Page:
Dear sisters and brothers,
The feast of the Baptism of the Lord marks the end of the Christmas season. This festive season does not leave Jesus as a baby lying in a manger. By the end of the Christmas season, Jesus is an adult who calls us to follow him. The baptism of Jesus is the prototype for our own baptism. Through baptism of water and the Holy Spirit, we come to share in the life of the Father and Son. Gracious words were spoken to Jesus: “’You are my Son, the Beloved; my favour rests on you”. These same words are spoken to us at the time of our baptism, and continue to be spoken to us in every moment of every day: “You are my son or daughter, the Beloved; my favour rests on you”. Imagine if we were able to hear these words clearly; imagine how different we might be. To see ourselves as “the Beloved” is not to puff ourselves up with pride or arrogance, nor is it not to admit we are unfaithful as the Beloved. It is simply to recognise the claim that God makes on us in baptism. This is not a claim we make about ourselves. It is the claim of the seal of love that God places on us and within us.
In the baptismal rite, there is a little ritual called the “Ephphatha Rite” in which we touch the ears and eyes of the newly-baptised. “Ephphatha” means “be open”. It was a word that Jesus used when he open the ears of the deaf man. When we pray this prayer, we are praying that all the baptised – even those of us who cannot remember their baptism – will be open to “hearing” and “seeing” the mystery of God. This feast day challenges us to listen to a voice that is deeper than all our false images of God, deeper than all our destructive images about ourselves, and deeper than our feelings of alienation or distance from God. Because of our baptism, there is a constant inner voice that says to us, “You are my son or daughter, the Beloved; my favour rests on you”. We are called to listen to this voice.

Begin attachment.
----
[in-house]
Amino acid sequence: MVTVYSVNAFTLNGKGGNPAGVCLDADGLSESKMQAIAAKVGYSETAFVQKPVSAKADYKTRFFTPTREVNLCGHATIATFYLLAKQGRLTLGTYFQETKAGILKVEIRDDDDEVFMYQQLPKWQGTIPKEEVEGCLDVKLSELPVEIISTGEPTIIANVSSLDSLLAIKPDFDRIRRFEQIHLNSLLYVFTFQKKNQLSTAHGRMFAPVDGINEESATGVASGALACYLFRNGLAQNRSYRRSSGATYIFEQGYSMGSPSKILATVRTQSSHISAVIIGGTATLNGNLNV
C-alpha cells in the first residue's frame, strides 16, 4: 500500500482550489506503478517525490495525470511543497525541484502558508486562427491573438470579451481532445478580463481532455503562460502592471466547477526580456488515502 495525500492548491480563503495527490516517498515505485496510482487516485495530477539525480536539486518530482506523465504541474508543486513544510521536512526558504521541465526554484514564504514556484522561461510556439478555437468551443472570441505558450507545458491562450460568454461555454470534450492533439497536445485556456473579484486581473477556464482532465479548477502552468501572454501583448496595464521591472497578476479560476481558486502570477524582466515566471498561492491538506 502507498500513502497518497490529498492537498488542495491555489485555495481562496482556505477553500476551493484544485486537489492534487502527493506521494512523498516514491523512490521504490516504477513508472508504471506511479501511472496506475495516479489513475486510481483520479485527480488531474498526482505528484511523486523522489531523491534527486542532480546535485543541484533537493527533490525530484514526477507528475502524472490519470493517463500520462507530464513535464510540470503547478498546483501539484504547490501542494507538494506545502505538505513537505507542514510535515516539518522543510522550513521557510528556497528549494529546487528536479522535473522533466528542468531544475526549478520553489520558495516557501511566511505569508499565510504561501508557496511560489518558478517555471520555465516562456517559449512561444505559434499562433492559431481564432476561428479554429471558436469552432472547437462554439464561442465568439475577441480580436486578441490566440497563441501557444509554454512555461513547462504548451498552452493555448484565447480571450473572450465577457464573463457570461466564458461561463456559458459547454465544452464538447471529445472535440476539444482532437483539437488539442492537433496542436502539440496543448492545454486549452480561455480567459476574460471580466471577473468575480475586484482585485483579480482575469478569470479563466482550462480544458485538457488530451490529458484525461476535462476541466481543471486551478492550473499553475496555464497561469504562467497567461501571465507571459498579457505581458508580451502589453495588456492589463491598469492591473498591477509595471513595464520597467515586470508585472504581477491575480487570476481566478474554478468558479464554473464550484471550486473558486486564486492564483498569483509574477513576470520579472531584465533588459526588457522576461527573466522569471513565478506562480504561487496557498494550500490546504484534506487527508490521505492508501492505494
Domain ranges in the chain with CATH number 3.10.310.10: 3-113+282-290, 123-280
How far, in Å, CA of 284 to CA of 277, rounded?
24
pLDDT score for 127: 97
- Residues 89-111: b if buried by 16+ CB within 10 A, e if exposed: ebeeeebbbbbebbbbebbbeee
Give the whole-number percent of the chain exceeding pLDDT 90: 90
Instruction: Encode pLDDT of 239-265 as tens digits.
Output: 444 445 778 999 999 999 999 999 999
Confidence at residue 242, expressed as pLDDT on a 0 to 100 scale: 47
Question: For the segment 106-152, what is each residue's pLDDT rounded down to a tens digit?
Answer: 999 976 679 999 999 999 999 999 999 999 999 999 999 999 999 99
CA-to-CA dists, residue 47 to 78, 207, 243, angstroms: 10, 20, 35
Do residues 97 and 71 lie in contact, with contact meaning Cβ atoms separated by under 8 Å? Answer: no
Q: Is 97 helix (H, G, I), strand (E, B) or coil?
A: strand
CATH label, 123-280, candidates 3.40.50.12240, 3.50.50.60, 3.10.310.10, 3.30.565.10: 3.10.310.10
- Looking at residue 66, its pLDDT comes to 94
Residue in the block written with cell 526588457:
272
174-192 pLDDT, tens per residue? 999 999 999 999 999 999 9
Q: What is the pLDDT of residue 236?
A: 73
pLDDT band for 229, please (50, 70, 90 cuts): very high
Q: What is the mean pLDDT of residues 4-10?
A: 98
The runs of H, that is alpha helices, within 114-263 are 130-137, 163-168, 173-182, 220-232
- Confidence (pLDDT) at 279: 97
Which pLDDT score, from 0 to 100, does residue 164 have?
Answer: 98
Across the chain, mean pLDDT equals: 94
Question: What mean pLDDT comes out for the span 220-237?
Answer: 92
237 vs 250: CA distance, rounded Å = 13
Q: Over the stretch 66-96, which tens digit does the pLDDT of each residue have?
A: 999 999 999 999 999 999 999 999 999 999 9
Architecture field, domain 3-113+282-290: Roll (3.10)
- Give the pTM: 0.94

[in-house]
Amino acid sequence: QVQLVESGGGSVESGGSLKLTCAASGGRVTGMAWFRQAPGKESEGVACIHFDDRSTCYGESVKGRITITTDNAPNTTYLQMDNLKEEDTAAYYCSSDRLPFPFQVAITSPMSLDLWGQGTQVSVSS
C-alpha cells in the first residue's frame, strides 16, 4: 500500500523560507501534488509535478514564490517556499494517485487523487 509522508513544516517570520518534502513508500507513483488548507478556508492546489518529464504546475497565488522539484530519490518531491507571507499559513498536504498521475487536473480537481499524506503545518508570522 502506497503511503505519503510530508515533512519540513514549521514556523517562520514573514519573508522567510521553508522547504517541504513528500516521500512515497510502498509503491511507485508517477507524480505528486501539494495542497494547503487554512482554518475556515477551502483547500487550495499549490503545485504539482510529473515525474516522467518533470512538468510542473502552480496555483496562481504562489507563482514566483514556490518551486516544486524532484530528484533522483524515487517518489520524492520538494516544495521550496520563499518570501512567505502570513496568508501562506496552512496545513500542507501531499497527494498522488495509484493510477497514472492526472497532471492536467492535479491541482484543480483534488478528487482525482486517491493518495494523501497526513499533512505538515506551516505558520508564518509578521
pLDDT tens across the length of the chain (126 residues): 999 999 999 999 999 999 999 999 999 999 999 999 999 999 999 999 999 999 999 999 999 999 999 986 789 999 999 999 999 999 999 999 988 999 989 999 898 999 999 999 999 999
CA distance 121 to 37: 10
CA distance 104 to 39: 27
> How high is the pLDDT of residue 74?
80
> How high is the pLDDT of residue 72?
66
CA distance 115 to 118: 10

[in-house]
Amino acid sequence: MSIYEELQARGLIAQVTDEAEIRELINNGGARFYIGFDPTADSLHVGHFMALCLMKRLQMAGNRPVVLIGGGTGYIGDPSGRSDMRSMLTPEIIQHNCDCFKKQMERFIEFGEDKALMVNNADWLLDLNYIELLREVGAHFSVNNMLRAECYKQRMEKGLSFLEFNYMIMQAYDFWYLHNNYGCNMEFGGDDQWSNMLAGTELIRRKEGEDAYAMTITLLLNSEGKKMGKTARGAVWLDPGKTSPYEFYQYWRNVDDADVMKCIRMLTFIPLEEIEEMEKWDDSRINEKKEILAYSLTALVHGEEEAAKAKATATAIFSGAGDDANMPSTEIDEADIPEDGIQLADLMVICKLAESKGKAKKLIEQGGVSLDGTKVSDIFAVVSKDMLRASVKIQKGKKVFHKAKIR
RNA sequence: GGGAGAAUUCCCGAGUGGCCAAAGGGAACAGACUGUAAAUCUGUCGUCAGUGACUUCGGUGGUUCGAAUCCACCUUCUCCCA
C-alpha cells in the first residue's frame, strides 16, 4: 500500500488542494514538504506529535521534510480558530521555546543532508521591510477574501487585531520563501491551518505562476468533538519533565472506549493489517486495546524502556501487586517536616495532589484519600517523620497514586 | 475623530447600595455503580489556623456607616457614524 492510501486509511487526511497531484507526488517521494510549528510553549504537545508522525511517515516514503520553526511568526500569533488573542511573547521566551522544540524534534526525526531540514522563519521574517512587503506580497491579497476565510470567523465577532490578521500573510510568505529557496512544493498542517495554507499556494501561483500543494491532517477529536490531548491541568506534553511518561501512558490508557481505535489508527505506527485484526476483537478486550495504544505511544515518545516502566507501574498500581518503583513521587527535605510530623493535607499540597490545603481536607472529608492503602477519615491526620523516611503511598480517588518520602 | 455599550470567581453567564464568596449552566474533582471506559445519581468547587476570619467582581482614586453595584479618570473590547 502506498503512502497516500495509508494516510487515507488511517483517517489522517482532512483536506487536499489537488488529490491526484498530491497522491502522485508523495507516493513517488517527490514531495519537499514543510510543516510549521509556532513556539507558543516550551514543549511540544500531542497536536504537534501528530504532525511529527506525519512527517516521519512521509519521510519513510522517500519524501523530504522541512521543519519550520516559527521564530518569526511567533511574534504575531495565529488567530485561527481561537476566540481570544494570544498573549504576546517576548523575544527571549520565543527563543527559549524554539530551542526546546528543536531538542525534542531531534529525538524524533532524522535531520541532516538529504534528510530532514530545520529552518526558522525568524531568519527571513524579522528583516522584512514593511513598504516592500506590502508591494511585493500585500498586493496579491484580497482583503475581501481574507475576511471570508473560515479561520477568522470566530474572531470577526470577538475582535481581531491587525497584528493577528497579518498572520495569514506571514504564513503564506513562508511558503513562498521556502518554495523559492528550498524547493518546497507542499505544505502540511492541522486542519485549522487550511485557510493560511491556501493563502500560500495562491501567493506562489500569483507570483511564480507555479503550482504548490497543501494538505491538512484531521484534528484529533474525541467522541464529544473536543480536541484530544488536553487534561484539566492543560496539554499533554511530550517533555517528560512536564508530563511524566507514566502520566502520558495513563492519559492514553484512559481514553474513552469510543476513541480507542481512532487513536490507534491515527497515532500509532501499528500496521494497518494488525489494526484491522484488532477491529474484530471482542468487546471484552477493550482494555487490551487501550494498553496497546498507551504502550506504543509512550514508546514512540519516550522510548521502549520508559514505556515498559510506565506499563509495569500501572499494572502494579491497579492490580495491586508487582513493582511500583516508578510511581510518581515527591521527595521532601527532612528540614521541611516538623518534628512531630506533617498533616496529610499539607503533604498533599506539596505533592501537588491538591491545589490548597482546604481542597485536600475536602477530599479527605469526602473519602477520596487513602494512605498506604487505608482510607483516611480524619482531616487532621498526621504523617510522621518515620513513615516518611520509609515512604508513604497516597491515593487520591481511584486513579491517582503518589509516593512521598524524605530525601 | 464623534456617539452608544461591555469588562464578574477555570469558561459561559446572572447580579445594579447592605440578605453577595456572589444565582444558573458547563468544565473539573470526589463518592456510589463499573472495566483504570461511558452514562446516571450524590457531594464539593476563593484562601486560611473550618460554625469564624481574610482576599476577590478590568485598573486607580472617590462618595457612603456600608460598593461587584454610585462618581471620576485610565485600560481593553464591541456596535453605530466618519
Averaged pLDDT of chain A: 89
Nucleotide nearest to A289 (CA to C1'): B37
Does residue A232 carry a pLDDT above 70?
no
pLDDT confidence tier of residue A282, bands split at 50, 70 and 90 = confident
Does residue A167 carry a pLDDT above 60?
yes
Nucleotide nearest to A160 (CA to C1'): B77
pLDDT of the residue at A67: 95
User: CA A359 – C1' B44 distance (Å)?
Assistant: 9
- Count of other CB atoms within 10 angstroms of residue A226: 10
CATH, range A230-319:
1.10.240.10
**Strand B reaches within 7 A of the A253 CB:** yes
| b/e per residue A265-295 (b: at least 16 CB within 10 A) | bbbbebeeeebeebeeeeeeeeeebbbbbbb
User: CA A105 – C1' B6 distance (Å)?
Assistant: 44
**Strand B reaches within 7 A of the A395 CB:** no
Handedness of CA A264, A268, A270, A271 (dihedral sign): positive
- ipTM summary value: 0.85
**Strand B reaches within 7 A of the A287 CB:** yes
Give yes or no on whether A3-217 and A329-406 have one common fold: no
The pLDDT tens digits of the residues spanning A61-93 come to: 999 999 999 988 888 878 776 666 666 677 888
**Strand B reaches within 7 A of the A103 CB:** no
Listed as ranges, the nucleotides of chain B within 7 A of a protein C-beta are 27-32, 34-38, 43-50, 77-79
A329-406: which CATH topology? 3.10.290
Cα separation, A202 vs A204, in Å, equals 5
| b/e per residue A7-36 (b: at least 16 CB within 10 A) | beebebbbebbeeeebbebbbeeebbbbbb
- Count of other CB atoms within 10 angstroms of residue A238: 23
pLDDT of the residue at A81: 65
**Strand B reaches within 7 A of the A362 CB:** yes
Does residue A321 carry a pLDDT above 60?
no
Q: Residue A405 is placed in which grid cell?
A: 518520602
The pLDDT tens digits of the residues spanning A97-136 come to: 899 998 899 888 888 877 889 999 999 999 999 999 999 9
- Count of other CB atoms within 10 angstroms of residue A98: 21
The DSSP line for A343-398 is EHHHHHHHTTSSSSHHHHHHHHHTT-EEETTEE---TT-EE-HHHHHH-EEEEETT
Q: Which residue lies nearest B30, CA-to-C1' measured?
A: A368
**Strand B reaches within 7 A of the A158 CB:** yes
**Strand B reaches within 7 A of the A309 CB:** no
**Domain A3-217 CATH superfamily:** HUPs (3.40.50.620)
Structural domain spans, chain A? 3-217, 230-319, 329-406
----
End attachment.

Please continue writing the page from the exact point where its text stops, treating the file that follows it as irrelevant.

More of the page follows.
At the 9am Mass this Sunday, we also acknowledge those who are responding to this voice by wishing to be baptised and become full members of the Church. Beginning some months ago, a small group has been gathering regularly to prepare to be initiated or be welcomed into the Church at the Easter Vigil later this year. Through the Rite of Acceptance, we formally welcome Tina Locantro and Indianna Wort into the Order of Catechumens. A catechumen is a person who is not baptised but formally desires to enter into a process of formation for Christian initiation through the sacraments of Baptism, Confirmation and Eucharist. We also welcome Cate Barrett and James Kelaher who are baptised but who desire to enter into full communion with the Catholic Church. There will be other steps along the way. However, on this Sunday, this community welcomes Tina, Indianna, Cate and James through pray and ritual, and promises to support them in preparation for Easter festivities. Please keep Tina, Indianna, Cate, James and their sponsors in your prayers as they continue their preparation and formation.
|Jun 24, 2016
|The Baptism of the Lord 10.01.2016